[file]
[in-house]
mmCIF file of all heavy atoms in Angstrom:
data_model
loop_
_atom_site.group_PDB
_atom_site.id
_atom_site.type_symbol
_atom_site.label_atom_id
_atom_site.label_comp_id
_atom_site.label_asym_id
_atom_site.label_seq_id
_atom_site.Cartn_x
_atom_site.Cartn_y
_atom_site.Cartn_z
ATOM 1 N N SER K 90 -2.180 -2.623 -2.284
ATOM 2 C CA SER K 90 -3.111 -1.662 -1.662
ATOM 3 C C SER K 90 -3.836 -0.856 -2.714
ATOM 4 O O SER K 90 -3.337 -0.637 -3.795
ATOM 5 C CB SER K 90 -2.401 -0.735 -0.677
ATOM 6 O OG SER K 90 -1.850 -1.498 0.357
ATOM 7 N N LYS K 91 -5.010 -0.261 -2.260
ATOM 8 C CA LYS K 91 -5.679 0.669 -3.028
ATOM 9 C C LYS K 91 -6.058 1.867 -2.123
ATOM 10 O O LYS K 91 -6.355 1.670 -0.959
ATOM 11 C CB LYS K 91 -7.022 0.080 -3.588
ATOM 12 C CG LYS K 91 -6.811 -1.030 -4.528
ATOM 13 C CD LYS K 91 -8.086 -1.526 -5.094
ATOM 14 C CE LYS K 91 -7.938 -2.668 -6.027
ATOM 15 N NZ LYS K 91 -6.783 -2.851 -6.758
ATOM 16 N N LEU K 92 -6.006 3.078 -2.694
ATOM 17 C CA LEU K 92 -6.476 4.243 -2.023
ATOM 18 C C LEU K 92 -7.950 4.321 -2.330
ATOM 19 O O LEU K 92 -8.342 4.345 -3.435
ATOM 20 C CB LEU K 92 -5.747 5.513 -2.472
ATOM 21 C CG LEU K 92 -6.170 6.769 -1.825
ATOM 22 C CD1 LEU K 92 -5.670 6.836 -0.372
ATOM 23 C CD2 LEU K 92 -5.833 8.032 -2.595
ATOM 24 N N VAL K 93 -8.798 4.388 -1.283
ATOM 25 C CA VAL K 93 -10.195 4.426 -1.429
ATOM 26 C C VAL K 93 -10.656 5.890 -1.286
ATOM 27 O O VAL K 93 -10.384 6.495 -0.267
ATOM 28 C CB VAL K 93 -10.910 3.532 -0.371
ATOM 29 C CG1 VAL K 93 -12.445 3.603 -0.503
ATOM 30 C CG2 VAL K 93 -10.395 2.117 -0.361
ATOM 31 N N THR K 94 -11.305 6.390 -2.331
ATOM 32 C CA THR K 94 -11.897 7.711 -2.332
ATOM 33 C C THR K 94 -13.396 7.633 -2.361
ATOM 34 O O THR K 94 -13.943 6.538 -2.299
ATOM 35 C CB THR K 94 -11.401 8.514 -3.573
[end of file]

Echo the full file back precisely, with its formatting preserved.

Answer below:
[in-house]
mmCIF file of all heavy atoms in Angstrom:
data_model
loop_
_atom_site.group_PDB
_atom_site.id
_atom_site.type_symbol
_atom_site.label_atom_id
_atom_site.label_comp_id
_atom_site.label_asym_id
_atom_site.label_seq_id
_atom_site.Cartn_x
_atom_site.Cartn_y
_atom_site.Cartn_z
ATOM 1 N N SER K 90 -2.180 -2.623 -2.284
ATOM 2 C CA SER K 90 -3.111 -1.662 -1.662
ATOM 3 C C SER K 90 -3.836 -0.856 -2.714
ATOM 4 O O SER K 90 -3.337 -0.637 -3.795
ATOM 5 C CB SER K 90 -2.401 -0.735 -0.677
ATOM 6 O OG SER K 90 -1.850 -1.498 0.357
ATOM 7 N N LYS K 91 -5.010 -0.261 -2.260
ATOM 8 C CA LYS K 91 -5.679 0.669 -3.028
ATOM 9 C C LYS K 91 -6.058 1.867 -2.123
ATOM 10 O O LYS K 91 -6.355 1.670 -0.959
ATOM 11 C CB LYS K 91 -7.022 0.080 -3.588
ATOM 12 C CG LYS K 91 -6.811 -1.030 -4.528
ATOM 13 C CD LYS K 91 -8.086 -1.526 -5.094
ATOM 14 C CE LYS K 91 -7.938 -2.668 -6.027
ATOM 15 N NZ LYS K 91 -6.783 -2.851 -6.758
ATOM 16 N N LEU K 92 -6.006 3.078 -2.694
ATOM 17 C CA LEU K 92 -6.476 4.243 -2.023
ATOM 18 C C LEU K 92 -7.950 4.321 -2.330
ATOM 19 O O LEU K 92 -8.342 4.345 -3.435
ATOM 20 C CB LEU K 92 -5.747 5.513 -2.472
ATOM 21 C CG LEU K 92 -6.170 6.769 -1.825
ATOM 22 C CD1 LEU K 92 -5.670 6.836 -0.372
ATOM 23 C CD2 LEU K 92 -5.833 8.032 -2.595
ATOM 24 N N VAL K 93 -8.798 4.388 -1.283
ATOM 25 C CA VAL K 93 -10.195 4.426 -1.429
ATOM 26 C C VAL K 93 -10.656 5.890 -1.286
ATOM 27 O O VAL K 93 -10.384 6.495 -0.267
ATOM 28 C CB VAL K 93 -10.910 3.532 -0.371
ATOM 29 C CG1 VAL K 93 -12.445 3.603 -0.503
ATOM 30 C CG2 VAL K 93 -10.395 2.117 -0.361
ATOM 31 N N THR K 94 -11.305 6.390 -2.331
ATOM 32 C CA THR K 94 -11.897 7.711 -2.332
ATOM 33 C C THR K 94 -13.396 7.633 -2.361
ATOM 34 O O THR K 94 -13.943 6.538 -2.299
ATOM 35 C CB THR K 94 -11.401 8.514 -3.573